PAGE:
Each year, it seems that more people are growing concerned with climate change’s potential to affect various industries, and snowfighters are no different. The threat of shifting weather patterns and increasingly unpredictable winter conditions are enough to get even the hardened snowfighters worried for the future. All the information on climate change out there can feel like information overload, so here’s how climate change will affect our industry from a snowfighter’s perspective.
Snowfighting's History With Climate Change
Snowfighters today constantly talk about climate change, but over ten years ago, climate change was a genuine fear in everyone’s mind. However, we didn’t have the rhetoric to call it what it was at the time accurately. People called it “global warming,” which led to confusion in the field. When there was excessive snowfall, guys would say, “What do you mean global warming? We have more snow than ever!” When there was less snow than usual, guys would say, “There you go! Global warming is killing our industry.”
As snowfighters, we have to respond to whatever weather comes our way. At the end of the day, above or below-average snowfall is irrelevant because we take care of it either way. However, the seemingly unpredictable nature of climate change makes doing our job that much harder.
Kansas City Case Study
15 years ago, I got tired of the uncertainty and decided to conduct an in-depth study on the climate change phenomenon and how it would affect the snowfighting industry.
After reaching out and collaborating with my local meteorologist, we uncovered 120 years of climate-tracking information and statistics for the Kansas City area. So I researched the past 120 years of climate information for Kansas City to see if drastic changes in climate were increasing over time.
When you chart the information from these old reports, especially when segmented into decades, you start noticing patterns. Every decade for the past 120 years has had the same pattern in some form. In a 10-year span, three years in that decade experienced above-average snowfall, three years in that decade experienced below-average snowfall, and the remaining four years experienced Kansas City’s average snowfall of 20”. Each decade for the past 120 years, except for the 1950s, which experienced record-breaking snowfall, has gone exactly the same and followed the same pattern.
Is Climate Change Affecting Your Snowfighting Business?
Given what we know now about climate change and the research I’ve done from the Kansas City case study, when people ask, “Is climate change affecting my snowfighting business,” my answer is always: not as much as you think.
A few decades ago, the rhetoric behind “global warming” was that it was getting progressively worse over time until it reached a breaking point. The Kansas City case study suggests nothing out of the ordinary: weather is simply unpredictable, yet there are noticeable patterns when you do your research. As snowfighters, it’s our job to notice these patterns and have the insider knowledge and skills to adequately prepare for them.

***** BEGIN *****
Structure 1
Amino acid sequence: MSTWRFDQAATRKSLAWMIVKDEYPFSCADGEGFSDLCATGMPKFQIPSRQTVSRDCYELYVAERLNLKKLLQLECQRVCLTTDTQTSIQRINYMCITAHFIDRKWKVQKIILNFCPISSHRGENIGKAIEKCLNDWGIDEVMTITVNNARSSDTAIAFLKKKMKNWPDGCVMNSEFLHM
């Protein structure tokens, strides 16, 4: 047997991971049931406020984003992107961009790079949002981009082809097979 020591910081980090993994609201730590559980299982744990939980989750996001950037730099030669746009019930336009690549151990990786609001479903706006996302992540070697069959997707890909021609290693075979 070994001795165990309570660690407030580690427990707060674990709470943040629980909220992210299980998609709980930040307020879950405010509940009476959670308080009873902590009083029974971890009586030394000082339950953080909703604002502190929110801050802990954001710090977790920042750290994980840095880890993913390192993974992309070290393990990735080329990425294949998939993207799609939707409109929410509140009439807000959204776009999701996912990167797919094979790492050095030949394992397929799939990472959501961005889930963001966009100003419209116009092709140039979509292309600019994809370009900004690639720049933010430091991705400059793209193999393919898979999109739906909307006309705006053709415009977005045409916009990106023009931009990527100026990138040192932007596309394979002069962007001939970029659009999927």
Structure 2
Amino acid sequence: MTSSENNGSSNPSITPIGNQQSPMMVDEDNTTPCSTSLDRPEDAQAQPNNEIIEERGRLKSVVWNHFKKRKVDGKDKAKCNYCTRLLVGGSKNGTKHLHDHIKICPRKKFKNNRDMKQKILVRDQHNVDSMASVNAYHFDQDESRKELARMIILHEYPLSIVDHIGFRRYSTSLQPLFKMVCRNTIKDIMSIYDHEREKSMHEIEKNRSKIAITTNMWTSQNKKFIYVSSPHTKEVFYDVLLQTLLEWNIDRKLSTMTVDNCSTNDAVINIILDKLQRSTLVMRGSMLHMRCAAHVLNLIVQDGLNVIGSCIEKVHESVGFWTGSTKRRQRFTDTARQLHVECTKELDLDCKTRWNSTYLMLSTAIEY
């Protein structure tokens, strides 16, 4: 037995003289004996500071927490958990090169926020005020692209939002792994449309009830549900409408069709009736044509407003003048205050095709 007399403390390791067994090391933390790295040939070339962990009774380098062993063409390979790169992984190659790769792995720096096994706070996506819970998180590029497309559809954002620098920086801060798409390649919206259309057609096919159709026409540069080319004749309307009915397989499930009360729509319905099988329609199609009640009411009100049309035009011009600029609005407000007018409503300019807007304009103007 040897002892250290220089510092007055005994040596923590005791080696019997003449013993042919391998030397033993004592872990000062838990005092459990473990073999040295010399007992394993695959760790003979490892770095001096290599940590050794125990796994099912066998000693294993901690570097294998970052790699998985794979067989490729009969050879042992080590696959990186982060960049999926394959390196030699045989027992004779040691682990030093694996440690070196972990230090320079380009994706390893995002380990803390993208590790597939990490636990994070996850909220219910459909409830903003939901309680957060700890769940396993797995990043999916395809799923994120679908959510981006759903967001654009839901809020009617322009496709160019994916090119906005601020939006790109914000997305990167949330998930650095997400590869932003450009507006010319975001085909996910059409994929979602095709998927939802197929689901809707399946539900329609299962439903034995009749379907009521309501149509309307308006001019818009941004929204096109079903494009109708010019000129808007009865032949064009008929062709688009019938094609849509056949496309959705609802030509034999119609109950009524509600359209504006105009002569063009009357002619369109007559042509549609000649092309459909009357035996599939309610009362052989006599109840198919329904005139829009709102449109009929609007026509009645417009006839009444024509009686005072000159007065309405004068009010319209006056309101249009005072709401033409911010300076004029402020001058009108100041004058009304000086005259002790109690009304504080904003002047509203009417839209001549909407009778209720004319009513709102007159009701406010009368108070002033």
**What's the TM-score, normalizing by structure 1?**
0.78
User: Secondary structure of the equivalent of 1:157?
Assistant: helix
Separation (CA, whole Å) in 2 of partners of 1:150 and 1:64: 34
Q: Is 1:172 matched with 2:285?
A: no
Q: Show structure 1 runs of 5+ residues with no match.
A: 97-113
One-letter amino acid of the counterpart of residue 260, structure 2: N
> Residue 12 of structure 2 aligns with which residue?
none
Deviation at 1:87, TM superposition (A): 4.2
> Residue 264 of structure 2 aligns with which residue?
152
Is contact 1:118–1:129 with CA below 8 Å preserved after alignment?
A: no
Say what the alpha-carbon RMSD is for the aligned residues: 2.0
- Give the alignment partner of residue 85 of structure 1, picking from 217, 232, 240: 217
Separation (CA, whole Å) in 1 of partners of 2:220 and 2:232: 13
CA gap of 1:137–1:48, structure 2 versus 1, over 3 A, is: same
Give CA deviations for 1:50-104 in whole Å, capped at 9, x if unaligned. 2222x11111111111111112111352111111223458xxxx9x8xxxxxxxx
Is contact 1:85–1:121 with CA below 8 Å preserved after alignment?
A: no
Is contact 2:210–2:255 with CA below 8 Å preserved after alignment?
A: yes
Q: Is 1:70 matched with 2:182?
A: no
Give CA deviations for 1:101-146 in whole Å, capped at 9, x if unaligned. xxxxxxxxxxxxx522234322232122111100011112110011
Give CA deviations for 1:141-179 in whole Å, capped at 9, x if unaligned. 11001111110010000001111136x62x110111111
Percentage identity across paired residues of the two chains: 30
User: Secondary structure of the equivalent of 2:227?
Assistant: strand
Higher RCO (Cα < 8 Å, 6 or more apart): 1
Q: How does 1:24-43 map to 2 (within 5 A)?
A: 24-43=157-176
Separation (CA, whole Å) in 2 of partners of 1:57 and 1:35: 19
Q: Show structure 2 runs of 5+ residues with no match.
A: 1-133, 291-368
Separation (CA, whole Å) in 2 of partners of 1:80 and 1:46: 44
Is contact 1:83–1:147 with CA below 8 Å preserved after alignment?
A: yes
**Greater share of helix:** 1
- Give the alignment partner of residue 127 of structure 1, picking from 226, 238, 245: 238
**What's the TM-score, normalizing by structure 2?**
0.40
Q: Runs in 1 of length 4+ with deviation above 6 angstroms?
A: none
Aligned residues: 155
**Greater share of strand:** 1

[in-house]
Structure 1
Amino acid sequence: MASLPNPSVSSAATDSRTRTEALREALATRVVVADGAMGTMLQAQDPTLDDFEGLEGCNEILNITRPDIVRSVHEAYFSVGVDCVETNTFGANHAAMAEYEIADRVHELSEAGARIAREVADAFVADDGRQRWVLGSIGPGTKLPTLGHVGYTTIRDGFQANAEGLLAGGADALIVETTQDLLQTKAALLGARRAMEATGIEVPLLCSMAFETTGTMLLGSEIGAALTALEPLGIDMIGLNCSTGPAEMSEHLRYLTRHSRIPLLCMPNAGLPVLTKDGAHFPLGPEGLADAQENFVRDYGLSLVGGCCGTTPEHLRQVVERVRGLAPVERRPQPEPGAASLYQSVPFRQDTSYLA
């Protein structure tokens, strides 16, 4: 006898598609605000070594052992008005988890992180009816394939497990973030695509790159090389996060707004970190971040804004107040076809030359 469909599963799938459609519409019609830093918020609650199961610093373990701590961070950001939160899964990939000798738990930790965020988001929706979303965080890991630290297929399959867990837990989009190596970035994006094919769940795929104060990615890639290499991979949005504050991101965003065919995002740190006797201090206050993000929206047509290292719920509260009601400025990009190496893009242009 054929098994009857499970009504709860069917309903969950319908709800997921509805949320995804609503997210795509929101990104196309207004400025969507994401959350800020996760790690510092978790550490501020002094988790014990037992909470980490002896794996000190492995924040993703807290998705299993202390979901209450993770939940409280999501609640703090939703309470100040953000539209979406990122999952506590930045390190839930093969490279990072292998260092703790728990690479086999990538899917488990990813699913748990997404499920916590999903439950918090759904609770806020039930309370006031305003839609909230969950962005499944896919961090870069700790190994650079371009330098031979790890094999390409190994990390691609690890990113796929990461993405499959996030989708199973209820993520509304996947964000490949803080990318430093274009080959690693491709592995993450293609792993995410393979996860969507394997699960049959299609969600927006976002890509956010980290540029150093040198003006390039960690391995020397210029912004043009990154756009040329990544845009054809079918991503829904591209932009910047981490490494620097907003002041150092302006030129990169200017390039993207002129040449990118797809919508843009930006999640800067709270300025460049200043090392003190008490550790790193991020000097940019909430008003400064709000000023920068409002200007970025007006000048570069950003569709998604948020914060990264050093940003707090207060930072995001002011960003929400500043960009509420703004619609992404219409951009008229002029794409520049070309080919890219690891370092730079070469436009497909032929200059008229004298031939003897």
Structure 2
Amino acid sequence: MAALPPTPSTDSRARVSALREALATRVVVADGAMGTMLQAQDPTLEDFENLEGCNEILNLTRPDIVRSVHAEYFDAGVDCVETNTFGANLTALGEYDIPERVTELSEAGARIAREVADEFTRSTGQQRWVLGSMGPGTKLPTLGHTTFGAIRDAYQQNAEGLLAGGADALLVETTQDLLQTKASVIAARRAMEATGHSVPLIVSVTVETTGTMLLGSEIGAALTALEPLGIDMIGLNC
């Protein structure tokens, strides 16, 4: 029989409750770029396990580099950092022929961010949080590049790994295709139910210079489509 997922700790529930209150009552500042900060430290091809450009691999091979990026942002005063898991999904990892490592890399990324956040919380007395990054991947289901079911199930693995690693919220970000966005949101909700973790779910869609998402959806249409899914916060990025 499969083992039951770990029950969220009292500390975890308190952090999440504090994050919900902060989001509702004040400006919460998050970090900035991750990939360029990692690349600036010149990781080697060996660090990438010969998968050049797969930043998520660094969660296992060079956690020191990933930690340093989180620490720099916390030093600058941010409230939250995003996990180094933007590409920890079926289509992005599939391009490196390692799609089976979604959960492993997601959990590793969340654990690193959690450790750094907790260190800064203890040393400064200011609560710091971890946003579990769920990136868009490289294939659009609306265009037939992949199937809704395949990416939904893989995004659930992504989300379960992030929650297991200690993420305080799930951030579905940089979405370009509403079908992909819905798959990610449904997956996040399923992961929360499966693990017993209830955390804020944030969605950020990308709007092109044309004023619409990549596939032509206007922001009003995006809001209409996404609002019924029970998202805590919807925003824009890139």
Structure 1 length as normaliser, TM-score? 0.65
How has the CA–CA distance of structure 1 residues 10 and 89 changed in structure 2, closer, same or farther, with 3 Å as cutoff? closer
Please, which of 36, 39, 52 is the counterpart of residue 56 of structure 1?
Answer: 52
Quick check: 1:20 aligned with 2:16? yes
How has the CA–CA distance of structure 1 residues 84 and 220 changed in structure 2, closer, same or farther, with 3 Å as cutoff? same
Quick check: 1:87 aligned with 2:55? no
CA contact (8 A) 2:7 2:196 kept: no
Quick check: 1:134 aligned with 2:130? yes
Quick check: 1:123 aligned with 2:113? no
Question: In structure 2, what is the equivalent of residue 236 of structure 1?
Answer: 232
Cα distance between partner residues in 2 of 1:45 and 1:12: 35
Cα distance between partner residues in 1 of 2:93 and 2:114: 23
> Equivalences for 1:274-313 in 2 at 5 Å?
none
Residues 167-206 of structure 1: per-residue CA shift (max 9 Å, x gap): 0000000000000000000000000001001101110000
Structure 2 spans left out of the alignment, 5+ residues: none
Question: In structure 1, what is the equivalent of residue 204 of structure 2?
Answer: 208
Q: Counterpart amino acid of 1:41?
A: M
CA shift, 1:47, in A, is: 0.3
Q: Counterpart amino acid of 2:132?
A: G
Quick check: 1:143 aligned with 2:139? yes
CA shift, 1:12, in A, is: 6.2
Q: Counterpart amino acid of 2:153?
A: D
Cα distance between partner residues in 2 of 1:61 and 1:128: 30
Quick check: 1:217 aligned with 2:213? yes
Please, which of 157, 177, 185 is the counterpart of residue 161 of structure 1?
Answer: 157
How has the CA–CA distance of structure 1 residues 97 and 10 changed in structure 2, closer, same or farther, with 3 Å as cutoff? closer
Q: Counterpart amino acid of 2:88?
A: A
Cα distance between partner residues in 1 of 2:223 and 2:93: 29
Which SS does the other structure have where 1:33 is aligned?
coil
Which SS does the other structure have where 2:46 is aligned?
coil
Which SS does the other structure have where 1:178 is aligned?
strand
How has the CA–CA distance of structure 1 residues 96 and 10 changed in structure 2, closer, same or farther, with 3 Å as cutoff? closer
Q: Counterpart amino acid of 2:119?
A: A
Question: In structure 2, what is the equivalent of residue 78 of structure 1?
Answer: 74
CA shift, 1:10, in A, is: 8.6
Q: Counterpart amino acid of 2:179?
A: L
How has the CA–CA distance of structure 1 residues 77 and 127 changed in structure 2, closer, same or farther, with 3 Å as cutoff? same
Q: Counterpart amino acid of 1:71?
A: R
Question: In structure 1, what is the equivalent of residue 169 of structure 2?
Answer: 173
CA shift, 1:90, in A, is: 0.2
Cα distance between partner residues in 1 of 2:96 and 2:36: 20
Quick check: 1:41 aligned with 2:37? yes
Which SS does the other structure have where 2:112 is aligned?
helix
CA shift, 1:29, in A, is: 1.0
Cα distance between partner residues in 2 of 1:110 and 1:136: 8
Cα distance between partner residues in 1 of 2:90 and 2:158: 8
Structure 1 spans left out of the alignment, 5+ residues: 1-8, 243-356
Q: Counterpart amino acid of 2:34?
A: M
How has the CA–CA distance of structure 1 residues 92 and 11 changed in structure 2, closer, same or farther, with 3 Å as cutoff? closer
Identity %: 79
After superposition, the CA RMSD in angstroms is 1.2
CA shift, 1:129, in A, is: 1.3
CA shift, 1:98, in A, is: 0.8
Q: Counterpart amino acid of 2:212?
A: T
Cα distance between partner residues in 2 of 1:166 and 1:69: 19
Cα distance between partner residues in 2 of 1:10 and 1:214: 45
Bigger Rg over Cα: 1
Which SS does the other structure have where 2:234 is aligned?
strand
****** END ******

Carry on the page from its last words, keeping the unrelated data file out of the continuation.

However, it is essential to note that anomalies happen! As my research shows, in the 1950s, Kansas City experienced never-before-seen snowfall that completely covered the city. To get ahead of these out-of-nowhere snow averages, the city purchased massive, heavy-duty V-plows to help clear it. The only issue is Kansas City has never experienced that kind of snow since. As a result, those V-Plows haven’t been used since either.
Adapting To Changing Climates
Regardless of if your jurisdiction’s snowfall average will follow the same pattern as the Kansas City case study, every snowfighter will have to deal with below and above-average snowfall at some point in their career.
It’s good practice to plan for those three years when you’ll experience above-average snowfall. That way, regardless of what kind of snow you get, you’ll still be able to keep the roads open for your clients and communities. However, you must remember that there will be light snowfall years ahead. Overbuying or mismanaging labor during below-average snowfall years could severely hurt your business. Planning for both possibilities can be tough, but there are workarounds to ensure you come out on top.
One of those ways is to mix up your contracts. Make sure you have a healthy variety of contracts out so that regardless of the average snowfall, you’ll still come out ok. Between seasonal contracts, per-application contracts, and more, you could find a ratio that ensures profitability season after season.
Another way to ensure you always come out on top is to collaborate with meteorologists and private weather experts. As snowfighters, it is unreliable to base your business on what you hear on the news. Having an insider meteorologist forecasting for you is a surefire way to ensure yearly profit.
As snowfighters, we are responsible for keeping spaces and the people in them safe. While climate change may not affect our industry much now, there’s no telling what will happen in the future if we use harsh snowfighting methods in our environment. Learn about the environmental benefits of using liquid brine for your anti-icing operations today.